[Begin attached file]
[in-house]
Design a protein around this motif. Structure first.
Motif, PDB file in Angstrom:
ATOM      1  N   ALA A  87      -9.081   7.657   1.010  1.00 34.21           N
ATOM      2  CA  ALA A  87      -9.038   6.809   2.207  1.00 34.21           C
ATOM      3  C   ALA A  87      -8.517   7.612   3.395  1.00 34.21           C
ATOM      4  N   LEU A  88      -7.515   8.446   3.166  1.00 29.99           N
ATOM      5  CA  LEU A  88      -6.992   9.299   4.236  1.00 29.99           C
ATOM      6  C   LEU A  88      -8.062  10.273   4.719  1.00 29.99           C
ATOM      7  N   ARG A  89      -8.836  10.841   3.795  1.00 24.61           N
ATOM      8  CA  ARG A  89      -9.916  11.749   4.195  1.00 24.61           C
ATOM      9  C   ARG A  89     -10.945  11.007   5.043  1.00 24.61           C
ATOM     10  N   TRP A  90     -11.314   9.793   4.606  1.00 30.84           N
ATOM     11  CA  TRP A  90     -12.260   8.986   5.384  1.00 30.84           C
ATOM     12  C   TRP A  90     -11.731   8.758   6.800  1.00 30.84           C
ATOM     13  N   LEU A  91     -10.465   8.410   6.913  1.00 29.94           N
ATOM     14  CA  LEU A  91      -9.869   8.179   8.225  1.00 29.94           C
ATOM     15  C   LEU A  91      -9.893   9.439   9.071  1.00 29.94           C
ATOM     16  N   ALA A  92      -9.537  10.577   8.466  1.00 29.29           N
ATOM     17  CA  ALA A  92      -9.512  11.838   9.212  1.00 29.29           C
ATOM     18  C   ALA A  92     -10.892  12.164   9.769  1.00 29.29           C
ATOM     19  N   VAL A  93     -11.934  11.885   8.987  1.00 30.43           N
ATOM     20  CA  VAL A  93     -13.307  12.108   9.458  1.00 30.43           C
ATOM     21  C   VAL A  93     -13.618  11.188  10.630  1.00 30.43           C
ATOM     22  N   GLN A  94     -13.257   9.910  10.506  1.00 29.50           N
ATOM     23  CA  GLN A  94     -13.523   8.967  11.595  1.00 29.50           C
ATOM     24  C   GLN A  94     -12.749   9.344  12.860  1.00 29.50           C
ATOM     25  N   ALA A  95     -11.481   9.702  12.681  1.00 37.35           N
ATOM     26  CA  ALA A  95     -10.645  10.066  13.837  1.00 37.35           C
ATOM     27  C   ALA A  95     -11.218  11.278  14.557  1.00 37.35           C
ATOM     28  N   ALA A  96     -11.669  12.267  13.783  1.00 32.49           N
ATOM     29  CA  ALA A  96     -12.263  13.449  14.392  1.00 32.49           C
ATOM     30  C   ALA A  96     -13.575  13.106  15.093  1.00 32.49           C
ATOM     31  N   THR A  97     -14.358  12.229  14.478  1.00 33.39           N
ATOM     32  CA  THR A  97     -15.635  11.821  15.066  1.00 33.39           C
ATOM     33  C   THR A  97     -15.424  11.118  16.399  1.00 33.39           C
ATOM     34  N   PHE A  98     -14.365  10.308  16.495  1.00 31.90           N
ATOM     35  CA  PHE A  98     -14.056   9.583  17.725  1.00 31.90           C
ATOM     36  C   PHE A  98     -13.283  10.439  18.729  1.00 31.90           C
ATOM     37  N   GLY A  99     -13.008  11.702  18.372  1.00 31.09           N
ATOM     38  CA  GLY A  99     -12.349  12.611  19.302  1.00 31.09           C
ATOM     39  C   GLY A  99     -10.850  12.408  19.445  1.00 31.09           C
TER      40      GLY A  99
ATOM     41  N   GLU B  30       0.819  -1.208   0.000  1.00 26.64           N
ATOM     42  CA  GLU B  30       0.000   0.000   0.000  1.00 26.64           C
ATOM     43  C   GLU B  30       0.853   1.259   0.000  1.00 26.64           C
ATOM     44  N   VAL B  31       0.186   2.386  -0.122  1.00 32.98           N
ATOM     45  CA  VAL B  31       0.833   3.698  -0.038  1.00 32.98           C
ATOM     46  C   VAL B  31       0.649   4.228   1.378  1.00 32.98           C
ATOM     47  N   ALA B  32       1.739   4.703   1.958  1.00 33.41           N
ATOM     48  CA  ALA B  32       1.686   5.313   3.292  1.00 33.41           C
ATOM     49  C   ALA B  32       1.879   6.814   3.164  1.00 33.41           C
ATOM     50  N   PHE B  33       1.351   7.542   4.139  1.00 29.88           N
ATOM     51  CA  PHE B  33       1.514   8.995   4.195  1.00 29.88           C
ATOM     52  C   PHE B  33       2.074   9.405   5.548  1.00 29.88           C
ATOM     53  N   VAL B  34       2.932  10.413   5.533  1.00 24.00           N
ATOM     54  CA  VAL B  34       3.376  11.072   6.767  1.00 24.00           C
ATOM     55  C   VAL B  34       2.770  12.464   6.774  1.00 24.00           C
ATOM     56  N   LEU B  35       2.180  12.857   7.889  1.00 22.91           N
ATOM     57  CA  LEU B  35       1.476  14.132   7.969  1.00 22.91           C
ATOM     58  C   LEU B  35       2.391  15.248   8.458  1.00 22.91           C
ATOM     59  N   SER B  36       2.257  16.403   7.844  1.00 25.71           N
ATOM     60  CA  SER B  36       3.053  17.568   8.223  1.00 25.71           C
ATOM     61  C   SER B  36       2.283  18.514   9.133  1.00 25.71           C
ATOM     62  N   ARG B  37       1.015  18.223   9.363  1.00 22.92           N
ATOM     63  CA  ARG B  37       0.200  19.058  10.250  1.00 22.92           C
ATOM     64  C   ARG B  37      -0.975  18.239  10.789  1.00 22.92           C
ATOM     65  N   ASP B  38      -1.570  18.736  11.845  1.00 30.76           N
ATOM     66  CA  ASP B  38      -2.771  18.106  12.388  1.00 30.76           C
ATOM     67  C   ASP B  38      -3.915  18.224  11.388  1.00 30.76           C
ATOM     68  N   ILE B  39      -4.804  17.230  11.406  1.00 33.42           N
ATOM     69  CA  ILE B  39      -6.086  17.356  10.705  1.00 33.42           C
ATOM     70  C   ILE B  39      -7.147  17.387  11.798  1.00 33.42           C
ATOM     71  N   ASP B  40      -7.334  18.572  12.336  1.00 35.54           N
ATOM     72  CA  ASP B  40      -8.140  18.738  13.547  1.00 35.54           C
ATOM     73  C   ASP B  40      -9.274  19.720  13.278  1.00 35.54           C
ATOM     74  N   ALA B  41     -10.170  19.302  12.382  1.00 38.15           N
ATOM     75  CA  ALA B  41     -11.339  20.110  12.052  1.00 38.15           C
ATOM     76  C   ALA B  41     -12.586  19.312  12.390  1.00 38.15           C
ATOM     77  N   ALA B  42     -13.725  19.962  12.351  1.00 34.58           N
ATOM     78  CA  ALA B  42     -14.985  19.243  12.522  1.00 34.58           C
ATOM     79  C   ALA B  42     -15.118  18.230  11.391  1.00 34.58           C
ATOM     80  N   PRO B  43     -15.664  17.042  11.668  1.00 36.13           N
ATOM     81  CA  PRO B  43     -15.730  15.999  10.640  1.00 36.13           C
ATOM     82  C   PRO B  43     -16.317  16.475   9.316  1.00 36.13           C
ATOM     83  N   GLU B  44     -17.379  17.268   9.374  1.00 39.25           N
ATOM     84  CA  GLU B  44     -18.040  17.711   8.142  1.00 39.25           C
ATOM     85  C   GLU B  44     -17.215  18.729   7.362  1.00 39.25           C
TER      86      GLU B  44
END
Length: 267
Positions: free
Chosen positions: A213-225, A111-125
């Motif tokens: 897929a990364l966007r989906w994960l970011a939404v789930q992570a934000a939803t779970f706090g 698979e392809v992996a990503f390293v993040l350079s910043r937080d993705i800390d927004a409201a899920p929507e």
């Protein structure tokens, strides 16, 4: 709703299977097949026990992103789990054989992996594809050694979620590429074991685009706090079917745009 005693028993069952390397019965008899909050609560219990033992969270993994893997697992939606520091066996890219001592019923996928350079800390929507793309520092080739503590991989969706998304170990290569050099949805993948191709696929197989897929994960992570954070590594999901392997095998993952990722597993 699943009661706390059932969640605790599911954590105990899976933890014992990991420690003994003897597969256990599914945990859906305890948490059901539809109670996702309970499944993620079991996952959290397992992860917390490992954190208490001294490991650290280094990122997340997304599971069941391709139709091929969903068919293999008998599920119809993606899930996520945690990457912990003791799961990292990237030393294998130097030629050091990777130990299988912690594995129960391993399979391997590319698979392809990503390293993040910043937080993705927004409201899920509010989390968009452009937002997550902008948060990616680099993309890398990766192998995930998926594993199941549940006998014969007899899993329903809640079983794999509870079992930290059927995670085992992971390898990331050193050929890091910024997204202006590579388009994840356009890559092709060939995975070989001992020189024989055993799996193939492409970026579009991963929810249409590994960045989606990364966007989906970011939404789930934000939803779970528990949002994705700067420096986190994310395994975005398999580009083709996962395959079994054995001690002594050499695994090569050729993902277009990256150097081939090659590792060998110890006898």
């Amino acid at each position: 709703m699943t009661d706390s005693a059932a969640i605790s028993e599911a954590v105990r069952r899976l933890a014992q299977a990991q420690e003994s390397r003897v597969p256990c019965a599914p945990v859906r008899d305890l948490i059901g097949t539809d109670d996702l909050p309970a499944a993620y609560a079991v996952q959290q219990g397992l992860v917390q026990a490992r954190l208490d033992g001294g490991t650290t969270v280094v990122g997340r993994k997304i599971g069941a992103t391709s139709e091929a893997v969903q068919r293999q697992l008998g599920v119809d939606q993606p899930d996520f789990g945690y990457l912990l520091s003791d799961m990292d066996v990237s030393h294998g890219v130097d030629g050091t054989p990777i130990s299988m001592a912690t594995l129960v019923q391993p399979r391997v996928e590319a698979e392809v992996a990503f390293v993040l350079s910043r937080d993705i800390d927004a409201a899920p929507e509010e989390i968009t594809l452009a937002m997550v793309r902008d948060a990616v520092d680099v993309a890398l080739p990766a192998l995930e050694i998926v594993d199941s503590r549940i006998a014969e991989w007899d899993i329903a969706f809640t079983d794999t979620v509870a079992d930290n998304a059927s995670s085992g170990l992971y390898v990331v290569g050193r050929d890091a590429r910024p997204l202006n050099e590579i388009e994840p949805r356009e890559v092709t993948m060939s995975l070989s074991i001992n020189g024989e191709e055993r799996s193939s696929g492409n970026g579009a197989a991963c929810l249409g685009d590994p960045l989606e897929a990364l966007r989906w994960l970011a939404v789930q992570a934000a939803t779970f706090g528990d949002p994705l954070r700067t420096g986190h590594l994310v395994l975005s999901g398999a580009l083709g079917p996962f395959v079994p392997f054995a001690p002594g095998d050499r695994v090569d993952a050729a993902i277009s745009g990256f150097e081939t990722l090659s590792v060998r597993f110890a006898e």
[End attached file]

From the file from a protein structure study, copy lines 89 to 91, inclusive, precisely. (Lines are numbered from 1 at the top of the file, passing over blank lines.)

TER      86      GLU B  44
END
Length: 267